The benefits of real-time bidding (RTB) seem obvious, but as a percentage of the display advertising market, RTB's growth has lagged many observers' expectations.

So what gives?

According to a study (PDF) conducted by Advertiser Perceptions and released this week by Casale Media, approximately half of media buyers and sellers are already participating in the RTB ecosystem, and significant growth is expected over the next year, but both sides still have a number of concerns that are holding RTBs back.

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Half of online ads aren't 50% in-view for even a second: report

Advertisers have more and more types of online ad inventory than ever, and thanks to technologies like real-time bidding, increasingly sophisticated ways to buy them.

But for advertisers actually hoping their ads will reach consumers, there's bad news.

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Facebook sets IPO price range

We're just weeks away from the Facebook IPO, and today, the company filed an amended S-1 detailing the price it will seek for its shares.

According to that S-1, Facebook plans to sell some 337m shares at a price between $28 and $35. In this price range, the company will be valued at somewhere between roughly $75bn to $95bn.

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Hulu to advertisers: pay only for completed video ad views

The internet has arguably been the most exciting new development for advertisers in the past 50 years, but that doesn't mean that online advertising is without its problems.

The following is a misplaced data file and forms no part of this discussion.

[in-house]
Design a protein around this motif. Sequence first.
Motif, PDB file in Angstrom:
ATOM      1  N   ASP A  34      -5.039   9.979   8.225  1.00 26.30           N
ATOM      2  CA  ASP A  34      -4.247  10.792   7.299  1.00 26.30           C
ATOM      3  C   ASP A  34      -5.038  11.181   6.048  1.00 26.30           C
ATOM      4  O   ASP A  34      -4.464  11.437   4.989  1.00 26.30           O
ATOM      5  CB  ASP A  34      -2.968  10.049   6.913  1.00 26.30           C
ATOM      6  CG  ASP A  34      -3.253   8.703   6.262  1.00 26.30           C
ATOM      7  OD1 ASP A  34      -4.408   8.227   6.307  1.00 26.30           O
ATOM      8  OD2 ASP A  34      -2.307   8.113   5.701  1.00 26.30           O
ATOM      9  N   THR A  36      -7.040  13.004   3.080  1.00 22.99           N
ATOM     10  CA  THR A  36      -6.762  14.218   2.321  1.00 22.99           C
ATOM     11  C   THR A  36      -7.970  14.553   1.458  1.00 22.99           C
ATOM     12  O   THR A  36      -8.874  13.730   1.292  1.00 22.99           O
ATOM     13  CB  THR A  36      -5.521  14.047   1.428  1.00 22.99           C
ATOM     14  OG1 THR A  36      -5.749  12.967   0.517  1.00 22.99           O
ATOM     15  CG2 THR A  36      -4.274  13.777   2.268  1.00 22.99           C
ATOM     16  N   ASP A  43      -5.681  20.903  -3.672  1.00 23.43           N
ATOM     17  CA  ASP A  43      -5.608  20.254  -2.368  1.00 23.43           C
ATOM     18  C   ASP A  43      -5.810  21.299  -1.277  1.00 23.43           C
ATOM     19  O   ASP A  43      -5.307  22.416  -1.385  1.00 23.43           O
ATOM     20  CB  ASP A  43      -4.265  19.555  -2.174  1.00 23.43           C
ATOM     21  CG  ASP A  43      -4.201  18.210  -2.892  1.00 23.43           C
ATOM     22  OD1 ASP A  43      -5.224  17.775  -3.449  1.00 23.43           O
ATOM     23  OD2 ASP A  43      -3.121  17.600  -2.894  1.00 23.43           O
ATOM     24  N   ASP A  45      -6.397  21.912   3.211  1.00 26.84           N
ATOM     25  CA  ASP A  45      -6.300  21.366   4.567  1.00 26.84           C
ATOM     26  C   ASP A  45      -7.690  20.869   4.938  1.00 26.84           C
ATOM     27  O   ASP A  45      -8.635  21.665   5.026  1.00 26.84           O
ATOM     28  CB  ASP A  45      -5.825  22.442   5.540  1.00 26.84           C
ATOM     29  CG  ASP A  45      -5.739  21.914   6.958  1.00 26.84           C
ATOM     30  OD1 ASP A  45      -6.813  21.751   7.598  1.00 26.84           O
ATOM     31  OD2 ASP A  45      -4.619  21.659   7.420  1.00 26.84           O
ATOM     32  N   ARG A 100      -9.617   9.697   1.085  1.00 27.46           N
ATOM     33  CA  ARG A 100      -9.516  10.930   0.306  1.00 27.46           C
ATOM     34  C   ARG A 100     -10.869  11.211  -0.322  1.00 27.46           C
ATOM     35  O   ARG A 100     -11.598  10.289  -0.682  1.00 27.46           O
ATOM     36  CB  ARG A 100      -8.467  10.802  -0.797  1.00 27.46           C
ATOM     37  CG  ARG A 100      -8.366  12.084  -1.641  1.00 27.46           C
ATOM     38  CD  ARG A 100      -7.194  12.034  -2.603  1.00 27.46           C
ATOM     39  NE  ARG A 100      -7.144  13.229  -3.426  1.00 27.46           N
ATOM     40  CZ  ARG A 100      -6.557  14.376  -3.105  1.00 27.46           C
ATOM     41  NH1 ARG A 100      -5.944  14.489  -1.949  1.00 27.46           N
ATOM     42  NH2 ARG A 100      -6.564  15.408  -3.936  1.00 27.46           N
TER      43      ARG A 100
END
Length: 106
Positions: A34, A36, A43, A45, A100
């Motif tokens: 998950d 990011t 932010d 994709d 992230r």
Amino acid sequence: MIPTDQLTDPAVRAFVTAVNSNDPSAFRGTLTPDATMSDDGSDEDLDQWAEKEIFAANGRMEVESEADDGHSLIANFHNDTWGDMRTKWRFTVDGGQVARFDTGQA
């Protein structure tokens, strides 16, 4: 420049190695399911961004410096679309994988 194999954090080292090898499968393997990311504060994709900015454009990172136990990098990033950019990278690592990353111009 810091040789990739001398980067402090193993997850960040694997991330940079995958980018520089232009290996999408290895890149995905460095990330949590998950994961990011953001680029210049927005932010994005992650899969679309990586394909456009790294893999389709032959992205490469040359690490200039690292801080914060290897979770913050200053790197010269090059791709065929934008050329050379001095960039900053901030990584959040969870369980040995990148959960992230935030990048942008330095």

Arguably, one of the biggest problems is a misalignment of the interests of media buyers and media sellers, with the latter often not appearing to care much about the value the former receives.

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Facebook offers up its solution to mobile ads challenge, opportunity

In the run-up to its IPO, Facebook is pushing down on the gas pedal in an effort to bolster the advertising business from which it derives much of its revenue.

Yesterday, as expected, the world's largest social network announced its new ad offering, Premium on Facebook. Those ads give advertisers more options and an ability to make their ads more prominent, but the jury is out on whether users will simply find them annoying.

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To succeed, startups should focus on audience, not advertisers

If there's one thing learned during the first .com boom and bust, it's this: revenue and profitability count.

You can't build a successful business without revenue, and you can't sustain a business without profit.

Despite the froth that remains on the consumer internet, it's undeniable that many of today's startups are focused on how they can make money.

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Advertisers seeking flexibility and protection for 2012

With questions about the global economy weighing heavily on the minds of advertising executives, companies are increasingly taking a cautious approach to the ad deals they're making for 2012.

According to Reuters' Yinka Adegoke, executives who attended the Reuters Global Media summit last week are citing the crisis in the Eurozone and the political situation in the United States as reasons for shortening up advertising agreements and other partnerships.